Top Navigation

HTML5 – New Application Focused Tags

As soon as HTML4 specification was released in 1999, the W3C focused on the goal of changing the syntax of HTML from SGML to XML, it was during that period that HTML 1.0 was released and work on xHTML 2.0 started.

In contrast to web designers and developers during the same period, focused on how CSS and javascript would help them build more interactive interface for their increasingly more complex web applications. In many instances developers turn to offering environment such as flash, flex and silverlight to compensate for HTML’s shortcomings.

The HTML5 specification attempts to address those shortcomings by introducing several tags that will assist developers in building applications natively in HTML. Some of these tags are focused on interactivity while other give new form controls and still others allow the formatting and mark up of data types necessary for modern web applications.

Application focused tags


“The meter element represents a scalar measurement with a known range, or a fractional value; for example disk usage, the relevance of a query result, or the fraction of a voting population to have selected a particular candidate. This is also known as a gauge.”


“The progress element represents the completion progress of a task. The progress is either indeterminate, indicating that progress is being made but that is not clear how much more work remains to be done before the task is complete (e.g. because the task is waiting for remote host to respond), or the progress is a number in the range zero to a maximum, giving the fraction of work that  has so far been completed.”

Both meter and progress elements are used to represent data visually. But with few differences, the meter element is design to display results within a determined range, it shouldn’t be used unless both the min and max values are known. On the other hand, the progress element is used when we need to display the current progress or completion of a task. So, while the two element are very similar to each other but they are clearly designed for different purposes.


The element allows us to markup time and date information a machine readable way, it makes it easy to  for pages to share information with items such as counters, social applications and data feeds.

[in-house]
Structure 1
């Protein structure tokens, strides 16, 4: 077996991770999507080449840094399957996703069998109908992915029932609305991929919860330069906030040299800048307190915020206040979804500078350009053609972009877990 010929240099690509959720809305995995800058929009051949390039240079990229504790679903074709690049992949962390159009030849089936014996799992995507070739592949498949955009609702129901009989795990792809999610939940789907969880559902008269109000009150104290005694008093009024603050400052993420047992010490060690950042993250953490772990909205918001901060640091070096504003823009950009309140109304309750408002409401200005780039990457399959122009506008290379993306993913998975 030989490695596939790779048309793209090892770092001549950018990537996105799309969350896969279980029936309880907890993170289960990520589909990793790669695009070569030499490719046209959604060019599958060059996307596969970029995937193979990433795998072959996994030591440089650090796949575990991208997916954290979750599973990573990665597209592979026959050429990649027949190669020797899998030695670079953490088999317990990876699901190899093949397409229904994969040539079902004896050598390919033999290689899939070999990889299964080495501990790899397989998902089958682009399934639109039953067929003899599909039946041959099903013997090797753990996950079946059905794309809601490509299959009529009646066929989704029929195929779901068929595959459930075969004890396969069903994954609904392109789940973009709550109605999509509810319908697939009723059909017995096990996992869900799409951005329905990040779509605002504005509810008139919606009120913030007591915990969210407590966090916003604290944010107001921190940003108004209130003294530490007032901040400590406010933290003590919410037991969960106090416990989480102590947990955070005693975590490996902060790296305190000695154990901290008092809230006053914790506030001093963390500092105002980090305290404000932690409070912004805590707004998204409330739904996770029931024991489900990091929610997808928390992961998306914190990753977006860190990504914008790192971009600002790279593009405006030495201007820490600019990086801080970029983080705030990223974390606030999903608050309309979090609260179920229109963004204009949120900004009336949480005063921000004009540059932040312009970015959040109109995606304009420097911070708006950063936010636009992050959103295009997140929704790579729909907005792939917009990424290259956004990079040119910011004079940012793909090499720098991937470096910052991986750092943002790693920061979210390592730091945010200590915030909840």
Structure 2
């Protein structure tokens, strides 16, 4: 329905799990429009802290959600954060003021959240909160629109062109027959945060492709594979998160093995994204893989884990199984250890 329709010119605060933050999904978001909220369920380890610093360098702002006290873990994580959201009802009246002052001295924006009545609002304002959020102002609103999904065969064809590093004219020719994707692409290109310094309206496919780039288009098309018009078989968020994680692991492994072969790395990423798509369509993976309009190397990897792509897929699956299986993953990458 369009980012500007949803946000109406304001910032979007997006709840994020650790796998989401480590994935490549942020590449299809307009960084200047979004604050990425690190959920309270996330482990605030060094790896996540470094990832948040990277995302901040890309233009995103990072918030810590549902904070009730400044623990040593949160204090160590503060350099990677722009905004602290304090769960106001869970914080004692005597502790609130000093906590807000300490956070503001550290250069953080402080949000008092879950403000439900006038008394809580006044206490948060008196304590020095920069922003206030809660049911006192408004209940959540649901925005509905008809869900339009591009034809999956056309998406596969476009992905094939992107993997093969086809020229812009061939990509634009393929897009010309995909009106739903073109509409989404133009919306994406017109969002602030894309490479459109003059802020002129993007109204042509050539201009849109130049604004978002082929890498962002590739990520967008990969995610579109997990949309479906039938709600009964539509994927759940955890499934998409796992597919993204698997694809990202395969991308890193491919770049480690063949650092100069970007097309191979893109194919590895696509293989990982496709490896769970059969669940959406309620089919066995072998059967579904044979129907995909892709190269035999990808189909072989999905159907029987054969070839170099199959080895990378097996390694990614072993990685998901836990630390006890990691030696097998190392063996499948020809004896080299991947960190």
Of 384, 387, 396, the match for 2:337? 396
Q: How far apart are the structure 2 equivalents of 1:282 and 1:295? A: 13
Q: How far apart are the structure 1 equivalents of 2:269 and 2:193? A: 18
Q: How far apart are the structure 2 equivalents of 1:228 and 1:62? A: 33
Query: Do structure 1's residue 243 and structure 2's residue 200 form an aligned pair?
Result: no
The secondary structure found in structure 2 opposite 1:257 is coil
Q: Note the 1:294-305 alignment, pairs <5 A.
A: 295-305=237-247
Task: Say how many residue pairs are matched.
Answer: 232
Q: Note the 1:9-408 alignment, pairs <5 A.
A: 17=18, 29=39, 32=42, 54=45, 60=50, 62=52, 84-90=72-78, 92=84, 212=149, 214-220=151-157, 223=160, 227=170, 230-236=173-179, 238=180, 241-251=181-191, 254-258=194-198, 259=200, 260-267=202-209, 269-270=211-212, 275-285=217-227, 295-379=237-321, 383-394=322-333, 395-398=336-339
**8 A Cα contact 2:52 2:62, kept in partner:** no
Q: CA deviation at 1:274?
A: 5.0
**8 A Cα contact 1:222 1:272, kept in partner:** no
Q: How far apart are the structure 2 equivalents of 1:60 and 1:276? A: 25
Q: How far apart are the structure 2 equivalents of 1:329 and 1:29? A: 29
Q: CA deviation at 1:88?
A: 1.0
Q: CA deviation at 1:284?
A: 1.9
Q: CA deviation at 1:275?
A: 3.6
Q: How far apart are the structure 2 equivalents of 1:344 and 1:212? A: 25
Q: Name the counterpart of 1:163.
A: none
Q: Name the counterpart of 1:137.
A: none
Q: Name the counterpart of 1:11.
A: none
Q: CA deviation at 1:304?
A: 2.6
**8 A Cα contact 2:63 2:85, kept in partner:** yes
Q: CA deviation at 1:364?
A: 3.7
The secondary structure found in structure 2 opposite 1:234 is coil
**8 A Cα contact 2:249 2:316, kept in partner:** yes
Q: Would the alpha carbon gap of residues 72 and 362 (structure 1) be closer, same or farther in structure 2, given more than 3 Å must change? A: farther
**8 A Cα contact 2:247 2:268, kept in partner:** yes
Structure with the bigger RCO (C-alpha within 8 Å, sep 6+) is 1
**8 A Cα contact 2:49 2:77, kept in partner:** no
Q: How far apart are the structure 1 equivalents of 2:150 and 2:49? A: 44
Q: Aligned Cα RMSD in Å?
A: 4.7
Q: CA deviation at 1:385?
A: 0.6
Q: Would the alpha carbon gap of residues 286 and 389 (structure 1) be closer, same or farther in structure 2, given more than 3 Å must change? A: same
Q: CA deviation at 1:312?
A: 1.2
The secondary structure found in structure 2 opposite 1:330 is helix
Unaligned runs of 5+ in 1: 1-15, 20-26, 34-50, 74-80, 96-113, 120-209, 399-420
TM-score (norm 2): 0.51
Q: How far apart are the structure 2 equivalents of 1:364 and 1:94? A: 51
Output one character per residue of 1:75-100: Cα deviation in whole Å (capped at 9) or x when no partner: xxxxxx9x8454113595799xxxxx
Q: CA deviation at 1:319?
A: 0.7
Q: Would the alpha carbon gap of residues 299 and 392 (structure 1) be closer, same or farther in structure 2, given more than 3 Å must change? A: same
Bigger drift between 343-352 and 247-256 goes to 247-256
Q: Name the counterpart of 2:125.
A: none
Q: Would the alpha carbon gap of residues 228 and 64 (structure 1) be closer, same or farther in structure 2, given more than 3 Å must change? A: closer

The HTML5 specification states-

“The time element represents either a time on a 24 hour clock, or a precise data in the proleptic Gregorian calendar, optionally with a time and a time-zone offset. This element is intended as a way to encode modern dates and times in a machine-readable way so that, for example, user agents can offer to add birthday reminders or scheduled events to the user’s calendar.”

The time element also contains attributes such as pub date that help give further definition to data and time. These is an ongoing debate about the time element that may result in the change in the final specification. Currently time element can only markup time in Gregorian calendar format which will limit any dates before the calendar. The time and date information is also restricted to very specific formatting requirements, referring to April of 2001 is not allowed.


“The details element represents a disclosure widget from which the user can obtain additional information or controls.”

Simply, creating an accordion or tabbed widget structure could be as simple as enclosing the content in a detail tag.


“The command element represents a command that the user can invoke.”

Attributes all us Can be used to build toolbars


“The menu element represent a list of commands.”

The standard HTML5 specification for each tag mentioned on this article has been supplied from World Wide Web Consortium official website. W3C is an organization responsible for developing standards for world wide web.

, ,

No comments yet.

Leave a Reply